8. A bids $0.50 on item 2 (displacing B, since early bids win ties).
9. B bids $0.75 on item 2 (outbidding A).
10. A bids $0.75 on item 1 (displacing C, since early bids win ties).
At this point A and B are winning one item each for $0.75
11. C bids $1 on item 1 (outbidding A).
12. A bids $0.75 on item 2 (displacing B, since early bids win ties).
13. B bids $1 on item 2 (outbidding A).
14. A bids $1 on item 1 (displacing C, since early bids win ties).
At this point A and B are winning one item each for $1.
15. C gives up. A and B win for $1 each.

Hopefully this helps you see my conceptual model. You'll notice that in this simple case, Auction House Lambda and Auction House Beta end up with the same answer.


Yup - now I understand - I have an updated example that shows the problem with Lambda House below (it's already been mentioned in this thread in regard to some other systems).

Now suppose D wants one item at $110. At Auction House Lambda, D will bid both A and B up to $100, one increment at a time (just like C did), then bid $105 on item 1 (outbidding A). A bids $100 on item 2 (displacing B ), and B gives up.

Result: D wins for $105 and A wins for $100.

Auction House Beta would knock D's price down to $100 as well. That's good news (at least in the short term) if you're D. But I see three comparative downsides:

First, if I'm B, this result doesn't sit quite right. Shouldn't somebody who bids after me need to actually pay more than I was willing to pay in order to win the item I wanted?

No! They only need to bid more than you - not pay more than you.

If you're a bidder you'd appreciate that you could just as easily be A, B, or D in this auction- and look for an auction house which offers the best result no matter who you are (e.g. there's no reason to assume "you" are B - you might also be A, or D):

Lambda House:
A - Wins 1 token for $100
B - Wins 0 tokens.
D - Wins 1 token for $105

Beta House:
A - Wins 1 token for $100
B - Wins 0 tokens.
D - Wins 1 token for $100.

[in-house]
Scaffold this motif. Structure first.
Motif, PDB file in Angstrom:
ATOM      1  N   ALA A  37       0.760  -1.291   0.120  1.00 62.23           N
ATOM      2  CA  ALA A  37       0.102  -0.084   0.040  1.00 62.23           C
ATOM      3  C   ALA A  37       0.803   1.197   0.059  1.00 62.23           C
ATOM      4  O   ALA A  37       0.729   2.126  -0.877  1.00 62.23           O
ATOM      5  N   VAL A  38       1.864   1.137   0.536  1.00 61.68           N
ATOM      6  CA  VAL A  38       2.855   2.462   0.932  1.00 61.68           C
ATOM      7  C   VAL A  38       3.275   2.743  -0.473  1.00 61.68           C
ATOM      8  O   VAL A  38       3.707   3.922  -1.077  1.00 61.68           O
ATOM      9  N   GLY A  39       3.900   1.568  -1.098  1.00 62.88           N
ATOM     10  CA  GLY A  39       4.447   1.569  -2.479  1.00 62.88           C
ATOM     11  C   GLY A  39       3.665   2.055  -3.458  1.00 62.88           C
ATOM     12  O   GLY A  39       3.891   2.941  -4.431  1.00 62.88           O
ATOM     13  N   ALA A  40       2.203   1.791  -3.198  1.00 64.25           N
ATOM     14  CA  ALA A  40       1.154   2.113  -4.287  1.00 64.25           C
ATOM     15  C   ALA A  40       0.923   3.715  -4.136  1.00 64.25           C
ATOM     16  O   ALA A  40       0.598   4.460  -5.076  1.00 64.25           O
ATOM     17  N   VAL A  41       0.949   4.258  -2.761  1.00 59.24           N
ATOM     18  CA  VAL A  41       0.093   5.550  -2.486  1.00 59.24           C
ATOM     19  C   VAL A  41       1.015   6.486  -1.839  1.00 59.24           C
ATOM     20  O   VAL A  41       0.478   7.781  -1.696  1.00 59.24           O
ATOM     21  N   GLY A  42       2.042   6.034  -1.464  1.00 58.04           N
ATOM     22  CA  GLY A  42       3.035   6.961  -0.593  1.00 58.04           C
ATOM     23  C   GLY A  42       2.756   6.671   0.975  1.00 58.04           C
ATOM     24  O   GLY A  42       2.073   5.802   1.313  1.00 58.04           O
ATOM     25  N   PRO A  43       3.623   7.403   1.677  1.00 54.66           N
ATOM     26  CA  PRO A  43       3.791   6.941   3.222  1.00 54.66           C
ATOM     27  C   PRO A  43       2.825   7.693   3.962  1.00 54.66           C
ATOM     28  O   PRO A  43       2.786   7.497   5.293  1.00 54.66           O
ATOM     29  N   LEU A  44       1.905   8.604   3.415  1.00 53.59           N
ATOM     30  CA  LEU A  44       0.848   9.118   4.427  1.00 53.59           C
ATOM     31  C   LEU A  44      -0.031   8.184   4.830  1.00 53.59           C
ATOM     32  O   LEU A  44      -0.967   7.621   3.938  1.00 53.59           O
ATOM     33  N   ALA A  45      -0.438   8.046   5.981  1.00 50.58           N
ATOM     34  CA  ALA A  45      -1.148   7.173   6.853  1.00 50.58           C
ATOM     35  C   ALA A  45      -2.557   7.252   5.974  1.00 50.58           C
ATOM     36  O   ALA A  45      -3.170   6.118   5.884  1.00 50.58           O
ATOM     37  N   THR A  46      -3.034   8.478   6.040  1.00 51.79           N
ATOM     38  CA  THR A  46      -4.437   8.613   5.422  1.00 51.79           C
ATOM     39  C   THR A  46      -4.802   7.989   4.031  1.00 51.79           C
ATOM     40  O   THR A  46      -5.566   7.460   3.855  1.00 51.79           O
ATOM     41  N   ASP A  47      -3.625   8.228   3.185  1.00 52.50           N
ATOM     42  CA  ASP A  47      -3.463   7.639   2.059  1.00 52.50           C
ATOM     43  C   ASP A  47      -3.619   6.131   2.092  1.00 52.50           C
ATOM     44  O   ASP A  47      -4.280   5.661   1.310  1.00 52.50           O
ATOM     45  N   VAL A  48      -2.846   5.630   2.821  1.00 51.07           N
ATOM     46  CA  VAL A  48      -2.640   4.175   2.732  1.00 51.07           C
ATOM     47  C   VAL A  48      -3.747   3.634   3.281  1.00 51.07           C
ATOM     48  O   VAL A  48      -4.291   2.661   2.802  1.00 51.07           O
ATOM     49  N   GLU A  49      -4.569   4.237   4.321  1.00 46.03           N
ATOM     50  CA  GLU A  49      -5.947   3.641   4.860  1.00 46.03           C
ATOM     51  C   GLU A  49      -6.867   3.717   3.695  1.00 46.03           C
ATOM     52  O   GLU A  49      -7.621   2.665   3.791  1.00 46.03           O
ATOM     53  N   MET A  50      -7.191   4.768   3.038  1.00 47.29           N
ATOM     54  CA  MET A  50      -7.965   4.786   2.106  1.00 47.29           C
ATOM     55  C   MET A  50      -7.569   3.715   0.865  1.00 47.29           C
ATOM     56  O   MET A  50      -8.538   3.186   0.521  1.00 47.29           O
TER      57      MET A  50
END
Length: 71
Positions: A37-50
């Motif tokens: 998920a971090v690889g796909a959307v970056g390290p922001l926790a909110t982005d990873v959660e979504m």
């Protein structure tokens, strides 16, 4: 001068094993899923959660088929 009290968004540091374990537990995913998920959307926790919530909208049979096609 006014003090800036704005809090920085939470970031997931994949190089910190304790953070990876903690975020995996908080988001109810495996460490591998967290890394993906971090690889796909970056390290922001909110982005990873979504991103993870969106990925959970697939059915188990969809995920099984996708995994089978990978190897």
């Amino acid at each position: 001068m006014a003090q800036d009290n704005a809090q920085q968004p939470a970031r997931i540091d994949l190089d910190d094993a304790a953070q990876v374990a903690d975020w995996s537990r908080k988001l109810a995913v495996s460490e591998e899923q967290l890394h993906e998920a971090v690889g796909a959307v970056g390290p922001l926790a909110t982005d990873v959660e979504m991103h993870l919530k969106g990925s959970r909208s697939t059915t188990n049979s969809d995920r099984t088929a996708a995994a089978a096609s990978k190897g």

There is no difference if you're A or B, but D does better in Beta House. Since you don't know if you'll be bidder A, or B, or D when you place your bid, and since Beta House guarantees that :

i. You'll always win the quantity that you would have won at Lamdba House.
ii. You'll never pay more, and sometimes pay less than you would at Lambda House.

You would be wise to pick Beta house if your goal is to minimize your spend (again - no matter which house you choose you win the same number of items).

That's not a deal-breaker as long as the rules were stated clearly up front, but IMO it's a consideration.

This is pretty funny to me - as the entire reason we're having this discussion is based on people running auctions without stating the rules clearly up front (e.g. saying they are running the auctions "eBay style" when eBay has no multiunit identical item auctions).

Second, Auction House Beta ends up taking in $5 less. Running an auction house is hard work! If there are two generally reasonable sets of rules to choose from, I certainly won't begrudge the auction house choosing the one that nets them a little bit more in the end. I'm grateful there are auction houses available so I don't have to pay $250 for my PYPs.

You can always send the proprietors of Beta house a $5 tip if this is your concern. :cheer:

Third, Auction House Beta offers less incentive for early bidding compared to Auction House Lambda. Early bidding helps auctions to succeed, and we all (bidders and auction house managers alike) want TD auctions to succeed.


Why do you say that? They both offer an identical incentive to early bidding, which is that you win the bid if two people bid the same amount and quantity can not satisfy both?


Also - consider this scenario:

3 identical items

A bids on 2 at $105
B bids on 2 at $100
C bids on 1 at $1

Lambda house results in: A wins two at $105, B wins 1 at $100 - right?

Beta house results in A wins two at $1, and B wins 1 at $1.

Beta House's outcomes are radically better for the bidders than Lamdba House's in this case (and never worse in any case).

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Last edit: by Matthew Hayward.

Applying bids to multi-item auctions 1 year 7 months ago #28

Wade Schwendemann wrote: It comes.to whether you prioritize the person's request on number of items or their (assumed) desire to pay the lowest price, regardless of how many items they say they want.


I'm not sure 100% what this comment is addressing.

In case it's about your system and mine:

In both your system and my system, the same bidders will always win the same quantities.

Your system will sometimes just charge some of them more.

So we both prioritize requests the same way (same winners, same quantities) - we just come to different prices (sometimes).

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Last edit: by Matthew Hayward.

Applying bids to multi-item auctions 1 year 7 months ago #29

Matthew Hayward wrote:

edwin wrote:

Matthew Hayward wrote:

edwin wrote:

Matthew Hayward wrote:

Wade Schwendemann wrote:

Lequinian wrote:

Matthew Hayward wrote: Hmm. What do you do in this scenario:

S1
3 identical items
A wants 2 at $105
B wants 2 at $100
C wants 1 at $1

And this one:

S2
3 identical items
A wants 2 at $105
B wants 1 at $100
C wants 1 at $1

In both scenarios my approach gives A two items, B one item, and both A and B pay $1.

I suspect deviating from my approach gives a large difference in the cost someone pays between S1 and S2.

I suspect this deviation would cause bidders to prefer my approach.